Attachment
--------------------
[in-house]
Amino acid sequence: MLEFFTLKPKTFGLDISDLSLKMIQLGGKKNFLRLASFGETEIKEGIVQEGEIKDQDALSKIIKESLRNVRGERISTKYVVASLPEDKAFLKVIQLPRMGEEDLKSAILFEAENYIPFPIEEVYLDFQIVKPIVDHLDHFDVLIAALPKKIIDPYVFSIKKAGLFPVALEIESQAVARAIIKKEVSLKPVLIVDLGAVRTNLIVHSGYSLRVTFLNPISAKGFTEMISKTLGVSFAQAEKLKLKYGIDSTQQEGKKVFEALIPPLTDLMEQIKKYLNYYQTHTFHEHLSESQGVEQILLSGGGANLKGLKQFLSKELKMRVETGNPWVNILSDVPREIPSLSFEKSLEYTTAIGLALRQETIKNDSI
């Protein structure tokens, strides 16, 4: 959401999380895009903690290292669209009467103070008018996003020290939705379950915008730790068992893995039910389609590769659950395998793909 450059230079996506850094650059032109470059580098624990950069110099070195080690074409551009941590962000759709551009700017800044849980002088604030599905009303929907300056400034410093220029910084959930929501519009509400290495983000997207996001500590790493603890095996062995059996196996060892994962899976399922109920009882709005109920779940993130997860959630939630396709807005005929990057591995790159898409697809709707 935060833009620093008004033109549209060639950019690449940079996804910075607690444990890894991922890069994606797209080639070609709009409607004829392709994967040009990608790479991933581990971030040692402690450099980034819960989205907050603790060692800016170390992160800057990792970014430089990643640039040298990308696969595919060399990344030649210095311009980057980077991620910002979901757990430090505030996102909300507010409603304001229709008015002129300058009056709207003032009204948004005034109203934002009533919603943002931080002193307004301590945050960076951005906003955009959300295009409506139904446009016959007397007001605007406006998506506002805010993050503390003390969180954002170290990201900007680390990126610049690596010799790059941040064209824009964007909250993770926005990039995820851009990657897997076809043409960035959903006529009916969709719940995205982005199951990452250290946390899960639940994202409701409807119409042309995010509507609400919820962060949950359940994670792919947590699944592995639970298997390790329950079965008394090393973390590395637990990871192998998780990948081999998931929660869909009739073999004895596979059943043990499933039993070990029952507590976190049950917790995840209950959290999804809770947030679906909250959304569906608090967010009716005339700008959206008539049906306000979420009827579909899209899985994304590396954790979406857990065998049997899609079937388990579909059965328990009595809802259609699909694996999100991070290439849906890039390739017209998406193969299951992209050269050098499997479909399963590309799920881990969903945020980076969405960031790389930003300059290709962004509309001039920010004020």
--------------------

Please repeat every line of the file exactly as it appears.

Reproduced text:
[in-house]
Amino acid sequence: MLEFFTLKPKTFGLDISDLSLKMIQLGGKKNFLRLASFGETEIKEGIVQEGEIKDQDALSKIIKESLRNVRGERISTKYVVASLPEDKAFLKVIQLPRMGEEDLKSAILFEAENYIPFPIEEVYLDFQIVKPIVDHLDHFDVLIAALPKKIIDPYVFSIKKAGLFPVALEIESQAVARAIIKKEVSLKPVLIVDLGAVRTNLIVHSGYSLRVTFLNPISAKGFTEMISKTLGVSFAQAEKLKLKYGIDSTQQEGKKVFEALIPPLTDLMEQIKKYLNYYQTHTFHEHLSESQGVEQILLSGGGANLKGLKQFLSKELKMRVETGNPWVNILSDVPREIPSLSFEKSLEYTTAIGLALRQETIKNDSI
């Protein structure tokens, strides 16, 4: 959401999380895009903690290292669209009467103070008018996003020290939705379950915008730790068992893995039910389609590769659950395998793909 450059230079996506850094650059032109470059580098624990950069110099070195080690074409551009941590962000759709551009700017800044849980002088604030599905009303929907300056400034410093220029910084959930929501519009509400290495983000997207996001500590790493603890095996062995059996196996060892994962899976399922109920009882709005109920779940993130997860959630939630396709807005005929990057591995790159898409697809709707 935060833009620093008004033109549209060639950019690449940079996804910075607690444990890894991922890069994606797209080639070609709009409607004829392709994967040009990608790479991933581990971030040692402690450099980034819960989205907050603790060692800016170390992160800057990792970014430089990643640039040298990308696969595919060399990344030649210095311009980057980077991620910002979901757990430090505030996102909300507010409603304001229709008015002129300058009056709207003032009204948004005034109203934002009533919603943002931080002193307004301590945050960076951005906003955009959300295009409506139904446009016959007397007001605007406006998506506002805010993050503390003390969180954002170290990201900007680390990126610049690596010799790059941040064209824009964007909250993770926005990039995820851009990657897997076809043409960035959903006529009916969709719940995205982005199951990452250290946390899960639940994202409701409807119409042309995010509507609400919820962060949950359940994670792919947590699944592995639970298997390790329950079965008394090393973390590395637990990871192998998780990948081999998931929660869909009739073999004895596979059943043990499933039993070990029952507590976190049950917790995840209950959290999804809770947030679906909250959304569906608090967010009716005339700008959206008539049906306000979420009827579909899209899985994304590396954790979406857990065998049997899609079937388990579909059965328990009595809802259609699909694996999100991070290439849906890039390739017209998406193969299951992209050269050098499997479909399963590309799920881990969903945020980076969405960031790389930003300059290709962004509309001039920010004020």